Aroma Profiling and Detection of Off-Odors
Food analysis has long been important in order to evaluate its composition, monitor changes upon cooking or processing, and identify the components that provide them with desirable or undesirable characters. There are a wide range of food components, including volatile organic compounds (VOCs). VOCs are perhaps the most important components, as they give rise to aroma, which means they are essential in making food enjoyable to eat.
Aromas often contain many VOCs at varied concentrations, which make it difficult for analysts to profile these VOCs that give rise to food aroma. The distinct aroma of a specific foodstuff results from one or two trace-level compounds with a disproportionately high odor-activity.
However, in recent years, advanced analytical methods have opened up the area of food volatiles to in-depth investigation, and major advancements are being made to better understand the role of VOCs in food. Present activity – both in industry and research – is focused in three key areas:
- Aroma profiling – Understanding the factors that promote aroma differences between similar foods, including how these are controlled by genetic differences
- Food consistency and quality – Ensuring production-line consistency of products from one batch to another
- Food safety – Understanding the origin of VOCs that give rise to taints or off-odors, and also those that can be employed as indicators of food deterioration (shelf-life) or contamination from the materials used in packaging
In the above situations, it is important to optimize each aspect of the sampling and analysis protocol to detect and identify the broadest range of analytes. Markes provides a host of solutions for the analysis and sampling of volatiles from food.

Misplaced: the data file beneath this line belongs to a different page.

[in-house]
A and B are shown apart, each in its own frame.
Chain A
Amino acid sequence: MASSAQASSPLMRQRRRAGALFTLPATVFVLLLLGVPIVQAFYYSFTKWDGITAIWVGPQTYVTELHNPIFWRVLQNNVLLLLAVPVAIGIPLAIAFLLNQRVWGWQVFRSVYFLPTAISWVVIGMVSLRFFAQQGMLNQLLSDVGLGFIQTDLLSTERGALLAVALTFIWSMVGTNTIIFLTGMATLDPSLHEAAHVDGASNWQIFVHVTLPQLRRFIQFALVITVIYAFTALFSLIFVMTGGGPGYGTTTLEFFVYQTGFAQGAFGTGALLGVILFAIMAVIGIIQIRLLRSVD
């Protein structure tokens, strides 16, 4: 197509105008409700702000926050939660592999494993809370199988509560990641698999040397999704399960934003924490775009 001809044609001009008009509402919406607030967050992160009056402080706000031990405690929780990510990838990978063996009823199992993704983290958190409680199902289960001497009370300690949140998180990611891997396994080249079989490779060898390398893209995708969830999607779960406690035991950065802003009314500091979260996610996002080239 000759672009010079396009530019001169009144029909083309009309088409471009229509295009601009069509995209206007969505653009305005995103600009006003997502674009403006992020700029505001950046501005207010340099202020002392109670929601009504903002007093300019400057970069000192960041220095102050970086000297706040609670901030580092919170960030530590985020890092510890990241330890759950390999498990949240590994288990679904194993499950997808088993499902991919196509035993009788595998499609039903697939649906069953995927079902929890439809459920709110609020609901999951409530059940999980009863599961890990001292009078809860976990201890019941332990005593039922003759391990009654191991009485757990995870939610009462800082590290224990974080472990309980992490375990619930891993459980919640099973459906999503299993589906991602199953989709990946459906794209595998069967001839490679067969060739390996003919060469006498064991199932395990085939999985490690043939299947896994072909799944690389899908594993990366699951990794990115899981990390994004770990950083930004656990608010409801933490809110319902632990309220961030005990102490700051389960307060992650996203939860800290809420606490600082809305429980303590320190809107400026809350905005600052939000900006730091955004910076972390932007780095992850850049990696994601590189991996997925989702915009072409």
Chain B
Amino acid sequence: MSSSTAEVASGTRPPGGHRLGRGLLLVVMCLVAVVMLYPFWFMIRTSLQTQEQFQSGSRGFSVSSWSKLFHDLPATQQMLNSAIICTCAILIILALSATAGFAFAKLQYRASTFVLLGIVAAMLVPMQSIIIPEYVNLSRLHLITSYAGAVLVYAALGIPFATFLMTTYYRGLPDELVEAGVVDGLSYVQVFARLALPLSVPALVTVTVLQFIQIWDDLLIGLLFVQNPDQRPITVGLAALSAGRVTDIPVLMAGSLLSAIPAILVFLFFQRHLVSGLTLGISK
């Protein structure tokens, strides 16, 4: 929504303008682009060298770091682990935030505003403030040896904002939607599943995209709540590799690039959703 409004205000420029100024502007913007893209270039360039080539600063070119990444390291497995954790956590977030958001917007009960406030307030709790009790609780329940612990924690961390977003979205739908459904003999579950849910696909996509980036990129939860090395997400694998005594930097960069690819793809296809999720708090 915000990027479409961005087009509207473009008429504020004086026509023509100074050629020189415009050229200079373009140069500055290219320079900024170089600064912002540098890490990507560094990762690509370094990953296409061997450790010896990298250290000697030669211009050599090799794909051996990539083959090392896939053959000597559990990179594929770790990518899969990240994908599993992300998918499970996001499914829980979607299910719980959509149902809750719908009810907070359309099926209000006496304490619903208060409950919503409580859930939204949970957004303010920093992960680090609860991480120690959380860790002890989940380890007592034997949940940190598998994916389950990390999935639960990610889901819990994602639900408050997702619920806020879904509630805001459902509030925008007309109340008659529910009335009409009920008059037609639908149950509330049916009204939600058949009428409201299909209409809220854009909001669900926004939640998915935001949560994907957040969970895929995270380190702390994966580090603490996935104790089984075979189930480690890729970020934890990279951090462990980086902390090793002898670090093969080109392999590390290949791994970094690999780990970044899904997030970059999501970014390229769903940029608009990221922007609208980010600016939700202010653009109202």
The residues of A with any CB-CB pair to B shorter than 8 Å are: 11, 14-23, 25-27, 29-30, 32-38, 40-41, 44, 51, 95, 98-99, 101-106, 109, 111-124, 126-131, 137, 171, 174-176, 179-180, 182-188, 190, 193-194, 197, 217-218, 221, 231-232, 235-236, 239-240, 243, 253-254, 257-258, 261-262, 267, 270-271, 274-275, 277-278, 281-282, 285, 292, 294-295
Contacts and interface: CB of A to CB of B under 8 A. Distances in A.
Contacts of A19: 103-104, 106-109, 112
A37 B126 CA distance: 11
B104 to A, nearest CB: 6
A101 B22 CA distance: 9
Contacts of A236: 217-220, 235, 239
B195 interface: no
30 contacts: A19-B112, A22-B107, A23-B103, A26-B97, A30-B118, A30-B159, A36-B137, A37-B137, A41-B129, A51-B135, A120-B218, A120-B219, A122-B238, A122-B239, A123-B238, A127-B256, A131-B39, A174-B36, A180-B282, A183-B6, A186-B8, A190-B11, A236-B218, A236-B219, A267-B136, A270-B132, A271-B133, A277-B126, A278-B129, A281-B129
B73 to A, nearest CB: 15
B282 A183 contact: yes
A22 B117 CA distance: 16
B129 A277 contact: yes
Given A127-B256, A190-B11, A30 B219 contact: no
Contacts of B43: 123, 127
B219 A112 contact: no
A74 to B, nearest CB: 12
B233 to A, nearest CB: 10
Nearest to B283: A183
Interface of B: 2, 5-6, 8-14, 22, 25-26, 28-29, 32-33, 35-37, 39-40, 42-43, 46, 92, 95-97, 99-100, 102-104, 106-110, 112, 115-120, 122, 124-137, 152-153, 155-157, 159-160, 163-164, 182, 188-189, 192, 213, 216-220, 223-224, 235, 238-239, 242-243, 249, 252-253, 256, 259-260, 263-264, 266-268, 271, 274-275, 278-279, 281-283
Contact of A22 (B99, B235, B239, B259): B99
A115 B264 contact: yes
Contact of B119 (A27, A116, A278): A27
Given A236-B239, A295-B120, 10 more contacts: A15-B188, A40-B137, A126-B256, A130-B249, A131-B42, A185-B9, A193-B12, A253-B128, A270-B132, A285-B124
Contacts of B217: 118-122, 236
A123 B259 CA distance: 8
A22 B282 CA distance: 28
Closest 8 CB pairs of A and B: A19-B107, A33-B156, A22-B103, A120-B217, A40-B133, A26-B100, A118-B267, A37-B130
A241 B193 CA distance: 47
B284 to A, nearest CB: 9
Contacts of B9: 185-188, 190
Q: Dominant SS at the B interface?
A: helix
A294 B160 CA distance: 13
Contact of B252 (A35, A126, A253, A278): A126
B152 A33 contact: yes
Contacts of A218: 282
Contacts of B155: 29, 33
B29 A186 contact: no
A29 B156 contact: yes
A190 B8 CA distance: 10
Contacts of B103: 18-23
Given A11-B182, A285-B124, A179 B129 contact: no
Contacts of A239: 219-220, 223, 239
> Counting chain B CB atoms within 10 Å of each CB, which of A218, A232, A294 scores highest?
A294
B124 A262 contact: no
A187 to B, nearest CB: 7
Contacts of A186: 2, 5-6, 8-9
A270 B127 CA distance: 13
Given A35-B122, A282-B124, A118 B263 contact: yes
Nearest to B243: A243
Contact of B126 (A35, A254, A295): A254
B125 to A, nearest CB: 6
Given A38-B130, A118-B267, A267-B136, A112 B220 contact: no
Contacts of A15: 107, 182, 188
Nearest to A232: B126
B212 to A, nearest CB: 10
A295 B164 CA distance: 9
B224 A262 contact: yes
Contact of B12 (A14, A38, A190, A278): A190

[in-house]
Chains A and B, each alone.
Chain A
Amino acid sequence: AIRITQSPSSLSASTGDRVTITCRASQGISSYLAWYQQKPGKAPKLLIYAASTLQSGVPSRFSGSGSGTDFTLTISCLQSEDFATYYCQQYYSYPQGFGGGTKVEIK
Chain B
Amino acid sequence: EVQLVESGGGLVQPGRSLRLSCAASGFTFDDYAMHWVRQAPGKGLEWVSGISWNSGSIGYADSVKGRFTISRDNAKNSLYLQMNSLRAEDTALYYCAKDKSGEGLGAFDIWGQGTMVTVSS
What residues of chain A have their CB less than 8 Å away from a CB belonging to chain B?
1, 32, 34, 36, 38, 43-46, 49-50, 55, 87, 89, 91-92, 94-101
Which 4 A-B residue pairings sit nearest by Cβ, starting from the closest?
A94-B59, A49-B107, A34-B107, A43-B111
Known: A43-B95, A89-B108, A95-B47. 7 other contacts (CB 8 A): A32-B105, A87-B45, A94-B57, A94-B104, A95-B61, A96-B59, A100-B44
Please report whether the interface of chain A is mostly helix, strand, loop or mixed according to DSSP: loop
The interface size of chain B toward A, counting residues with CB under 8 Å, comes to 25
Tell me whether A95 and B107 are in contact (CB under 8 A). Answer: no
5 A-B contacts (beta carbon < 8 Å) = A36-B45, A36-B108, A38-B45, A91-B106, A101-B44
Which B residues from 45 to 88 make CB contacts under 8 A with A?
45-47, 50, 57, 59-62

What Markes can Offer
Thermal Desorption Systems
Sampling vapors onto sorbent tubes, with analysis by thermal desorption (TD), provides the high level of concentration enhancement required for complete chemical analysis by standard analytical tools, and complements sensory information acquired by olfactometry. As a result, this method is extensively used for food aroma profiling and off-odor detection.
In addition, it requires minimal sample preparation, can be readily automated, and is an easy alternative to sample preparation techniques.
Markes’ UNITY-xr and TD100-xr thermal desorbers are suitable for food aroma and odor analysis for the following reasons:
- The cryogen-free focusing trap enables selective elimination of unnecessary, high-concentration interferents such as acetic acid, ethanol, and water, which may affect the detection of trace-level target compounds
- The short and inert flow path ensures compatibility with reactive compounds such as amines, mercaptans, and oxygenated species, which usually have very low odor thresholds
- The backflush operation of the focusing trap permits the use of multi-bed sorbent tubes, allowing simultaneous analysis of highly volatile and semi-volatile compounds from just a single sample
In addition to the above-mentioned analytical systems, Markes provides a wide range of TD-compatible options for sampling:
- Near-real-time sampling and on-line sampling for monitoring changes in aroma profile with time
- Dynamic or static headspace analysis for extracting representative aroma profiles from food samples
- Alternatively, when the analytes are adequately concentrated, pumped sampling using Markes’ ACTI-VOC or grab-sampling of small sample volumes using Markes’ Easy-VOC is both fast and easy
Detecting Compounds in Complex Matrices
Generally, aroma profiling of foods needs in-depth examination of complex chromatograms in order to confirm the presence or absence of key target components, such as trace-level odor-active or taint compounds. It is equally important to determine the non-target compounds present, for example, when similar products are being compared.
Markes also provides TargetView software that can considerably reduce the time spent on these tasks. Using a combination of ‘intelligent’ background compensation, library matching, and compound deconvolution, it eliminates the need to manually process complicated GC–MS profiles and creates a simple report that lists the analytes detected in the sample.
This information has been sourced, reviewed and adapted from materials provided by Markes International Limited.
For more information on this source, please visit Markes International Limited.